Griffin Theatre Company Presents RAGTIME Review – Compelling Performances

Griffin Theatre RAGTIME
(center) Denzel Tsopnang with the cast of Griffin Theatre Company’s production of RAGTIME, directed by Scott Weinstein. Photo by Michael Brosilow.

E.L. Doctorow X-Rays America’s Soul

Taking position in the first landing of audience seating, Griffin’s ensemble sings “What a game” re-creating the raucous and spitting bleachers crowd taking in our national pastime. This isn’t the gentlemanly sport that the Harvard-educated Father (Scott Allen Luke) had hoped to show his son, The Little Boy (Ben Miller).   It is great fun—with actors singing close and so spirited, we are so transported to the baseball game that we might start craving a cold beer to stave off the heat.

Griffin Theatre RAGTIME
Ensemble scene of RAGTIME Photo: Michael Brosilow
Griffin Theatre RAGTIME
(center, l to r) Laura McClain, Ben Miller and Larry Baldacci with the cast Photo: Michael Brosilow

Here is Griffin, directed by Scott Weinstein, flexing its ensemble muscles, as it is known to do, to convey this bottling of America’s zeitgeist at the dawn of the 20th Century, in a musical version of the late E.L. Doctorow’s Ragtime. (Book by Terrence McNally; Lyrics by Lynn Ahrens; Music by Stephen Flaherty; New Orchestrations by Matt Deitchman.)

A few shy of three dozen songs, Ragtime-the-musical hews pretty close to Ragtime-the-book. It’s a great read. E.L. Doctorow’s ability to X-Ray our American soul is stunning. Racism, xenophobia, the early stirrings of feminist yearning, the dynamics of class divides and more—Doctorow’s pen lets us see who we are today through the lens of our past.

In no small part, the charm of his story is in interweaving real-world icons of that day —Emma Goldman (Neala Barron), Houdini (Joe Capstick), Booker T. Washington (Frederick Harris), J.P. Morgan (Larry Baldacci) , Henry Ford (Jonathan Schwart), Kim Kardashian’s precursor Evelyn Nesbit (Caitlin Collins)— into a story about a family so generic that they are called Father (Scott Allen Luke), Mother (Laura McClain), Mother’s Younger Brother (Matt Edmonds), Grandfather (Larry Baldacci), and The Little Boy (Ben Miller).

Griffin Theatre RAGTIME
Denzel Tsopnang as Coalhouse Walker Jr and Katherine Thomas as Sarah sing beautifully and act with passion Photo: Michael Brosilow

Driving While Black Circa 1910+/-

As the story unfolds, this white bread family becomes more of a sideline to a tragic love story between a Ragtime pianist, Coalhouse Walker Junior (Denzel Tsopnang) and the mother of his child, Sarah (Katherine Thomas). Think of Ragtime as a Black Lives Matter prequel, circa 1910+/-.   And, Doctorow’s pen weaves in the realities of the mass immigrations from Europe and Eastern Europe at that time, through the vignette of shetl-born Tateh (Jason Richards) struggling to find America’s golden promise and keep his daughter, The Little Girl (Autumn Hlava) alive and protected.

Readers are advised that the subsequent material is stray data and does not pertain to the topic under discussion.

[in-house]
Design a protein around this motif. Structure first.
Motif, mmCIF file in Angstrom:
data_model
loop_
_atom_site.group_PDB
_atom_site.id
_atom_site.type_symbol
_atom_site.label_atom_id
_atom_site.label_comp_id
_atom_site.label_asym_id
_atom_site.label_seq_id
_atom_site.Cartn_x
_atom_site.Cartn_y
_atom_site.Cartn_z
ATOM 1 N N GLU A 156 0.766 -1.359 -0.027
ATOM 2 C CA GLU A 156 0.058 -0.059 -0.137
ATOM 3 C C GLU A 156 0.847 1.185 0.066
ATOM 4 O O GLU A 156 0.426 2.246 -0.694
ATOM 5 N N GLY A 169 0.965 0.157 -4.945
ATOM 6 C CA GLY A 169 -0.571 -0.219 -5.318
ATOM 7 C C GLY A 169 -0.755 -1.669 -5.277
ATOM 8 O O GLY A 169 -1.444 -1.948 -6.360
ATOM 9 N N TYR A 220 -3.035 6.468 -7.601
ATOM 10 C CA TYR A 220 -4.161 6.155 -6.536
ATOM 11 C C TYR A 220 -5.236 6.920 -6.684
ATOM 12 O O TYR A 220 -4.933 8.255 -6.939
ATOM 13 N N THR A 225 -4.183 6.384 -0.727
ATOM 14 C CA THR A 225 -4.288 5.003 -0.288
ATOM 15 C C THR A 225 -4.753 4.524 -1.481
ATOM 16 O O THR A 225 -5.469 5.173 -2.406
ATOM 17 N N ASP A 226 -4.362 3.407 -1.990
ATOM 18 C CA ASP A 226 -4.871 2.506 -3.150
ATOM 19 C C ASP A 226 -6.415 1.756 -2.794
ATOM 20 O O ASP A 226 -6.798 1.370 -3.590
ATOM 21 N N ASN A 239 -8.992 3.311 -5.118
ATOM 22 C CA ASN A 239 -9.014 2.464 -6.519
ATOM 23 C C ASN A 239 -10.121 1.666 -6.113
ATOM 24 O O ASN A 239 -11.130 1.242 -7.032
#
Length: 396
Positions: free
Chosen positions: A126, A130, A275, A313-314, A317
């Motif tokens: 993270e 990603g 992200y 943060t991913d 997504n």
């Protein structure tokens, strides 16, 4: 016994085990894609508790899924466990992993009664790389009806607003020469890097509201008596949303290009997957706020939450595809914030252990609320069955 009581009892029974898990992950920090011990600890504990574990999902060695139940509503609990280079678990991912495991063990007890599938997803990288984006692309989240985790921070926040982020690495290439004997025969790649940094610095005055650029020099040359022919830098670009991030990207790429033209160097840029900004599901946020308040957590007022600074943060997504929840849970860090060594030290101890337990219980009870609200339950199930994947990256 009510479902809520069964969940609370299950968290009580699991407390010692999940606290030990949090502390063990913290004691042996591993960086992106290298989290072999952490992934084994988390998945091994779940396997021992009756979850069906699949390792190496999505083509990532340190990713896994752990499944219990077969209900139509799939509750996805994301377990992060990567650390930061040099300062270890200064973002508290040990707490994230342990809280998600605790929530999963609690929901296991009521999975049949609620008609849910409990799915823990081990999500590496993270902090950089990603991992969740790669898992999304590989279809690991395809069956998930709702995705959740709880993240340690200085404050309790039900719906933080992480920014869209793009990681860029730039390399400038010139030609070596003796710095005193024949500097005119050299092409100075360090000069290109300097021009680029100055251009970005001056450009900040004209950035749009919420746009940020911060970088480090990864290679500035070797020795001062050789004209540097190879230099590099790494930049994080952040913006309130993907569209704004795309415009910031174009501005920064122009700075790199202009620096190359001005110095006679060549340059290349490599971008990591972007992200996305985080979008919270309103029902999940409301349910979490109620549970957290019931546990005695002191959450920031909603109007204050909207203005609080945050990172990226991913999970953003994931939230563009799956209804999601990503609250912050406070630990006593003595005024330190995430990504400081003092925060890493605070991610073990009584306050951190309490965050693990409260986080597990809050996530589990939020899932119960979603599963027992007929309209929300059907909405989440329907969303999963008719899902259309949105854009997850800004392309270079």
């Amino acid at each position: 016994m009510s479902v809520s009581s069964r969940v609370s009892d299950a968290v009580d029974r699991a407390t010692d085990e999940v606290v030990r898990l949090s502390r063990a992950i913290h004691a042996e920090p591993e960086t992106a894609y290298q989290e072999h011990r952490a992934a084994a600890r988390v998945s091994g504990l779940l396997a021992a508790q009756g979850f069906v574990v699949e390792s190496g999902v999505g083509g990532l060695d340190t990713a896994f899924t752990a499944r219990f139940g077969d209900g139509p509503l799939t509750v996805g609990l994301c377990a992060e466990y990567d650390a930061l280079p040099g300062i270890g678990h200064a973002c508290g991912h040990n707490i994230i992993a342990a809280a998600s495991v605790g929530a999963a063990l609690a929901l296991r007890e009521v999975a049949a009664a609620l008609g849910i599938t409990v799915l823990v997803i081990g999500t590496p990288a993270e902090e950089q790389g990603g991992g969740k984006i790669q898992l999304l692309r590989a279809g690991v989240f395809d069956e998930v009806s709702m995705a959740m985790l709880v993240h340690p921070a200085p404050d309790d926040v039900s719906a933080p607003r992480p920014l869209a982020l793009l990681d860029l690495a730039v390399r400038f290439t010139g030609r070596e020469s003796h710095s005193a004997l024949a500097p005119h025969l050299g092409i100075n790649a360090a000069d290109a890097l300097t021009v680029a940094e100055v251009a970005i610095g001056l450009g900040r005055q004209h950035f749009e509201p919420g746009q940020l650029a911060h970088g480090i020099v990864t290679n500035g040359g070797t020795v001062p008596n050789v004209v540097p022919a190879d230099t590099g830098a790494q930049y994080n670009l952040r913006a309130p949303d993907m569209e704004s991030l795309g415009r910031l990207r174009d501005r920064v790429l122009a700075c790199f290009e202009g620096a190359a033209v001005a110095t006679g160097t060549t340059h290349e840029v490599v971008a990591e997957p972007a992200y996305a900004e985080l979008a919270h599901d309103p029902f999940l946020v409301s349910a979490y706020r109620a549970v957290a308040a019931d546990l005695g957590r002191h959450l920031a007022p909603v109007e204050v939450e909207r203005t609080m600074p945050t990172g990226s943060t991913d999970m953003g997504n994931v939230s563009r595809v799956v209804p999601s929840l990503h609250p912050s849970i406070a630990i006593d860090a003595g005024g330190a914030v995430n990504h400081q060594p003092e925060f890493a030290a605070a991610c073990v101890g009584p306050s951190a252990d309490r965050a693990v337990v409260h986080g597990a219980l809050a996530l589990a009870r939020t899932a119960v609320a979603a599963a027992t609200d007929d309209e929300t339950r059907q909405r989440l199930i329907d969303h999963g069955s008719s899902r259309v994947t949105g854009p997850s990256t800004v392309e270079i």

Griffin Theatre Assembles Talented Leads

Truth to tell, in this production there are relatively few remarkable ensemble moments like the baseball park scene. There is nonetheless much to enjoy, mainly in the compelling performances.

It's hard not to love the humorous cameos by Caitlin Collins as Evelyn Nesbit or Joe Capstick as Harry Houdini.

The charisma oozing from several of the leads puts Ragtime on the short list of best plays to see this early summer. Katherine Thomas and Denzel Tsopnang bring beautiful voices and moving acting to two especially lovely songs —“Your Daddy’s Son” and “Sarah Brown Eyes”.  Throwing his body and voice into every line and lyric, Jason Richards’ portrayal of Tateh is so magnetic you feel pulled to his chest along with The Little Girl. When he and Laura McClain as The Mother sing “Our Children” they muster the full sweetness of the song. These are all gripping and compelling performances. We are duly grabbed.

Music Worth Listening to Again

For this writer, it comes as a bit of a surprise, especially in this Scott Joplin centennial year, that the score has so little to do with the ragtime genre of its title. That said, you will likely find yourself looking to the musicians quite a few times (Pianists and Music Directors Jermaine Hill and Ellen Morris with Dan Hickey playing clarinet and more), perhaps similarly making a mental note to find the score on Youtube for a longer linger.

Griffin Theatre RAGTIME
Jason Richards gives us a charismatic Tateh, here holding his LIttle Girl (Autumn Hlava) Photo: Micheal Brosilow
Griffin Theatre RAGTIME
(center) Caitlin Collins as Evelyn Nesbit, a sort of talentless Kim Kardashian of her day Photo: Micheal Brosilow
Griffin Theatre RAGTIME
(center) Katherine Thomas with the cast Photo: Micheal Brosilow

Expect to walk out of the Den Theatre moved by these compelling performers, and perhaps also moved to re-read everything by the late E.L. Doctorow’s pen.

 

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Note: This is now added to the Picture this Post round up of BEST PLAYS IN CHICAGO, where it will remain until the end of the run. Click here to read — Top Picks for Theater in Chicago NOW – Chicago Plays PICTURE THIS POST Loves.

When:

Now through July 22

Thursdays, Fridays and Saturdays 7:30 PM
Sundays 3:00 PM

Where:

Den Theatre Heath Main Stage
1333 North Milwaukee
Chicago

Note: an excerpt of this review appears in Theatre in Chicago.

Tickets:

$39

$34 – students, seniors, veterans

 

Photos:  Michael Brosilow

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